The Shadow Factory
Curated by Tony Lloyd, Sam Leach and Ashley Crawford
The Shadow Factory
With the closing of the old Nuttelex factory in Windsor, shadows descended and dust settled. Old machinery remained, and trash in every shape and form took residence over time. The challenge for |notfair|’s co-curators in delivering this year’s exhibition hasn’t only been conceptual and logistical, but has also required a monumental physical effort to transform the space from derelict building to functional exhibition venue.
The Shadow Factory
More Merry Pranksters than Micro-Managers, more socio-anarchists than social analysts, more bat-shit crazy than bureaucratic, the curators of |not|fair |2017 are not terribly good at following rules. All they ever really wanted to do was present some art by practitioners who very few people knew about. The work is for sale so it’s kinda an art fair, but it’s been carefully selected so it’s kinda a Biennale, but at the end of the day what it really is is a |not|fair, taking artists plucked straight from the studio without the filters of a commercial gallery or institutional approval.
While curatorial themes occur naturally, so do contrarian memes. Beauty and the grotesque settle side-by-side. Strange bedfellows, the only rules that the curators demanded from the artists were skill, imagination and devotion to their practice. Beyond that a degree of anarchy held the day.
Indeed, it was safe to say that the lunatics were taking over the asylum the day the curators first entered their new domain. It was, of all things, a former margarine factory that had been deserted for several years. One could not avoid the god-awful stench of putrefying vegetable fats left in the exposed bowels of the remaining machinery. That was before even registering the sheer havoc of detritus strewn throughout the spaces. It was as though a toxic alarm had engaged and the occupants had fled, leaving boots, clothing, hairnets and personal flotsam and jetsam behind as they ransacked the premises. It was even worse than the average artist’s studio. One early artist, a previous |not|fair| participant who prides himself on his own anarchistic principles, dubbed it impossible to use and that we were insane to even try. We deemed otherwise.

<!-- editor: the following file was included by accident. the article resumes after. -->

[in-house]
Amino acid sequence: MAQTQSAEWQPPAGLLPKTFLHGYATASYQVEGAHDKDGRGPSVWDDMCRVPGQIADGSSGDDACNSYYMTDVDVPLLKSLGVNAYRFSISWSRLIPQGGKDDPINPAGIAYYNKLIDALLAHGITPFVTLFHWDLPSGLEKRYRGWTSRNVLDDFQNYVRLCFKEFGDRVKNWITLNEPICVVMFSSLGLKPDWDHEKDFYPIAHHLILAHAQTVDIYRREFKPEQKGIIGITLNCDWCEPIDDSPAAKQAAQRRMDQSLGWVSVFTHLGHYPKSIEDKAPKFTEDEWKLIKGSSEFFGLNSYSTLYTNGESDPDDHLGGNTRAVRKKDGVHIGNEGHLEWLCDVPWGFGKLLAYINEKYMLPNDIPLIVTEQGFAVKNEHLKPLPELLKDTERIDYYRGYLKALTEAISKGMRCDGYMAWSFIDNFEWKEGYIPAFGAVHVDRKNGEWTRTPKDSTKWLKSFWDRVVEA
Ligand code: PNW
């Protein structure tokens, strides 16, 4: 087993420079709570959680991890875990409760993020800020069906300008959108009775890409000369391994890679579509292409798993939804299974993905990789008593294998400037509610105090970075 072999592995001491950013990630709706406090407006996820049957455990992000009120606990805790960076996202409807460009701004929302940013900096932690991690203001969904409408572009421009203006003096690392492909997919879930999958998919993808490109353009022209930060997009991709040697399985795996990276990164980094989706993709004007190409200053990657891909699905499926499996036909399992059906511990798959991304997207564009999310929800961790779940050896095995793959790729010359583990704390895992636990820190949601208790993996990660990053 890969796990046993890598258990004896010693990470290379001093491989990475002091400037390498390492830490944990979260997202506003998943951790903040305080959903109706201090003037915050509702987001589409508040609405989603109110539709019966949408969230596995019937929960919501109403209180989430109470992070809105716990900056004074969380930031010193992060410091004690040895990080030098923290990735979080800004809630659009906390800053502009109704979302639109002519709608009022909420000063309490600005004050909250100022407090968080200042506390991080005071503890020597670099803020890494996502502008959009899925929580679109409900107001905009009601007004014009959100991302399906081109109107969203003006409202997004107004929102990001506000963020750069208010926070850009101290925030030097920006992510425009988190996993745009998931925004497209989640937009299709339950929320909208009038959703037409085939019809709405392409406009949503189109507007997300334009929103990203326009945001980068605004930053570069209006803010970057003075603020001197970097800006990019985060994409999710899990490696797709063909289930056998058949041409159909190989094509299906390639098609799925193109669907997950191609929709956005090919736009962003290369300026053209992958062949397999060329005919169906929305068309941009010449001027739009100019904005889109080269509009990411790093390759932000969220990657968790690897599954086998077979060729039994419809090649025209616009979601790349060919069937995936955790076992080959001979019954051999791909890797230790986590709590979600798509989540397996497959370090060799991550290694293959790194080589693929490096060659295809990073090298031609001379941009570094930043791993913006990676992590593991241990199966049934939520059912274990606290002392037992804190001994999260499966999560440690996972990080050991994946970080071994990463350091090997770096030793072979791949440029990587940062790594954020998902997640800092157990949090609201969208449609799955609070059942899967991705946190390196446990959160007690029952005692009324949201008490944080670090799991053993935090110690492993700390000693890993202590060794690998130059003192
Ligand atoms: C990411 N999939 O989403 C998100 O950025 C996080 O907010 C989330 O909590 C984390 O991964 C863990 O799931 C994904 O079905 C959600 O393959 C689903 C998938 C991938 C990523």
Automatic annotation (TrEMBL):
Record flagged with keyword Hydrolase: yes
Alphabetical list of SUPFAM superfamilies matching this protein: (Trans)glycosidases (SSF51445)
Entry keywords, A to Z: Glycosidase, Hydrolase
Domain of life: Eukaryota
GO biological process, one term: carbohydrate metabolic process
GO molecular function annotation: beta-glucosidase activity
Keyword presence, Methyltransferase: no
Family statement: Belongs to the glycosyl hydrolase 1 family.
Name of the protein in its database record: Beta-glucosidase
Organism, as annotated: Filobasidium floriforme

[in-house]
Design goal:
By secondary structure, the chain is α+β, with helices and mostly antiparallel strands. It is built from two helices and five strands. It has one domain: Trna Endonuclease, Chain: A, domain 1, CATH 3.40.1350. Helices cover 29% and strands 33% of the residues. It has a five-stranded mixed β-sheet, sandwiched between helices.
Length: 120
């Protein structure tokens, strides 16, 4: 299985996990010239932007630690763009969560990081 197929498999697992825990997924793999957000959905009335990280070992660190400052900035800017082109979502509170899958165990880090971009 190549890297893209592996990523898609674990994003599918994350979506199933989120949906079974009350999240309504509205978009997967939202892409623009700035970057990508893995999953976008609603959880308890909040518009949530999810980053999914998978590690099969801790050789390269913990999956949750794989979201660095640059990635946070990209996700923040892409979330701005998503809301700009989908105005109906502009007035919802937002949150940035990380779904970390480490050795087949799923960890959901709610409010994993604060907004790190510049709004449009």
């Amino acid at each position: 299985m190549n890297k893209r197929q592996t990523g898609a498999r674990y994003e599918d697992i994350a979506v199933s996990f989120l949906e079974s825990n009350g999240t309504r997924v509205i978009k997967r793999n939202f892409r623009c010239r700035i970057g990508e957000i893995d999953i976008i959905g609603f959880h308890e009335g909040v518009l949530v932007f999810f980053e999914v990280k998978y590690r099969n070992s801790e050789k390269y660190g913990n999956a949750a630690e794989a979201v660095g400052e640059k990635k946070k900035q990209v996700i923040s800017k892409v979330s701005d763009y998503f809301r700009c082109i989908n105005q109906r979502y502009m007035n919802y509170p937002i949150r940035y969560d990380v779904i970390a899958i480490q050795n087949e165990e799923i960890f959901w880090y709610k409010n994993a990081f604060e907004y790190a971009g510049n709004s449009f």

|Our hardy curators waded in, trying to follow some distorted notion of occupational health and safety procedures of their own making as they tossed machinery, rusting filing cabinets, steel pipes, clothes, arcane electronics, obscure tools and grease-covered metal shelves – a veritable cornucopia of junk – through mysterious holes cut through the 45-centimeter thick cement floors down into ominous-looking sump holes. There was, it had been previously verified, nothing deadly at hand, but the appearance down below was one of a stygian hell-hole which was promptly sealed away. The real danger, we were sure, could well be supplied by the artists once we’d found them.
The building made strange noises in the night. In short, it was a perfect venue for a |not|fair|.The networks to source the artists had been spawned seven years beforehand for the first iteration of |not|fair |– an intuitive linkage of artists, teachers, curators and writers criss-crossing the country. An alert, as it were, for an impending showing of emerging artists that didn’t necessarily depend on commercial galleries, curatorial rules or some form of payment for entry (another art fair held in 2017 charged artists exhibition fees of $1,895 – this model was anathema to |not|fair|). To be recommended by a fellow practitioner was the highest commendation for the curators.